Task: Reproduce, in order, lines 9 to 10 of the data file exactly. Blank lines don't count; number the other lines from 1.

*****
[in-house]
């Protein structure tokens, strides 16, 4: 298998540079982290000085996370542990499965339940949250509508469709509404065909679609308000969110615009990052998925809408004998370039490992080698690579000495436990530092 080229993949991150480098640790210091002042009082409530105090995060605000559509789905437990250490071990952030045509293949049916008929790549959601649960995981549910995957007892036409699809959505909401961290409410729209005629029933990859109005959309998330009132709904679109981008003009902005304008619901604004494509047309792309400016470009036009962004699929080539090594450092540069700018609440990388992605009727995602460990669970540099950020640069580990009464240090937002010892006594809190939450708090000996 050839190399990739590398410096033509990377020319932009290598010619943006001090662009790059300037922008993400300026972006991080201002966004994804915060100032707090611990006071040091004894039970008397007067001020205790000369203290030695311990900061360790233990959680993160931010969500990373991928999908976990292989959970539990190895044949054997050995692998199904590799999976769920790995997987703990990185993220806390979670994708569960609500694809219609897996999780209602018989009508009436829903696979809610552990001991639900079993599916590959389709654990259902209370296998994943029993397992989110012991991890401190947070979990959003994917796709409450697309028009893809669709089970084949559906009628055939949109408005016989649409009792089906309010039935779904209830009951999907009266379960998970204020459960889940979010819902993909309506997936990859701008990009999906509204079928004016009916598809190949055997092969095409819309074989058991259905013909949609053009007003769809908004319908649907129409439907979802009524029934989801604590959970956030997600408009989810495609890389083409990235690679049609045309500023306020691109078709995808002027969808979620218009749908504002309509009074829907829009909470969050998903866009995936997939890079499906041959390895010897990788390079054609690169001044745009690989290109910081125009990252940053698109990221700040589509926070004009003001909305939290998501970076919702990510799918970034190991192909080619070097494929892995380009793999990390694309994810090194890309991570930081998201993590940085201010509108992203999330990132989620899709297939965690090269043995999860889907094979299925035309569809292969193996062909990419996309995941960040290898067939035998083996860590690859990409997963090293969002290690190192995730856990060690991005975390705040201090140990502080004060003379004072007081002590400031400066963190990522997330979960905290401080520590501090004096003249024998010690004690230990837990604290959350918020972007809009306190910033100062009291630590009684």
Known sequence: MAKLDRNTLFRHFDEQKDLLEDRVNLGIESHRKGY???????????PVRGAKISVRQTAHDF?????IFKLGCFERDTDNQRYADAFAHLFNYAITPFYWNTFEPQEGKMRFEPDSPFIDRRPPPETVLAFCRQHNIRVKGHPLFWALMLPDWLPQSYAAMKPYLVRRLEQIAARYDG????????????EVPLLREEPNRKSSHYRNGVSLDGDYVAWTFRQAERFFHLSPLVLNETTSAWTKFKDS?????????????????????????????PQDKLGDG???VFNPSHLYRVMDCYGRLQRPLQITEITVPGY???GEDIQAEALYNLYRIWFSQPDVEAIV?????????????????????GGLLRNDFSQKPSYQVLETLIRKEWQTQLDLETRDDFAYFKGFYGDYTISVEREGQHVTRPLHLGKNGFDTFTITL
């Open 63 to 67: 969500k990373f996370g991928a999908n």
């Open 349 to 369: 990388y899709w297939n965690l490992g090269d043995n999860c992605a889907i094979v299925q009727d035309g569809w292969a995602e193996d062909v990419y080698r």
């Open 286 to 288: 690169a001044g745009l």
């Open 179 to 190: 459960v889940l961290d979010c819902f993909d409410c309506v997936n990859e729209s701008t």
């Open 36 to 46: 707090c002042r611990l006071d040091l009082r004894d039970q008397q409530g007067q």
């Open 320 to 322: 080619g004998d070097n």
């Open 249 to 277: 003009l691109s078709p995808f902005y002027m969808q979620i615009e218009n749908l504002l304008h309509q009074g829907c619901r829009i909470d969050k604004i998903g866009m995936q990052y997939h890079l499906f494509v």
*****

């Open 320 to 322: 080619g004998d070097n």
């Open 249 to 277: 003009l691109s078709p995808f902005y002027m969808q979620i615009e218009n749908l504002l304008h309509q009074g829907c619901r829009i909470d969050k604004i998903g866009m995936q990052y997939h890079l499906f494509v």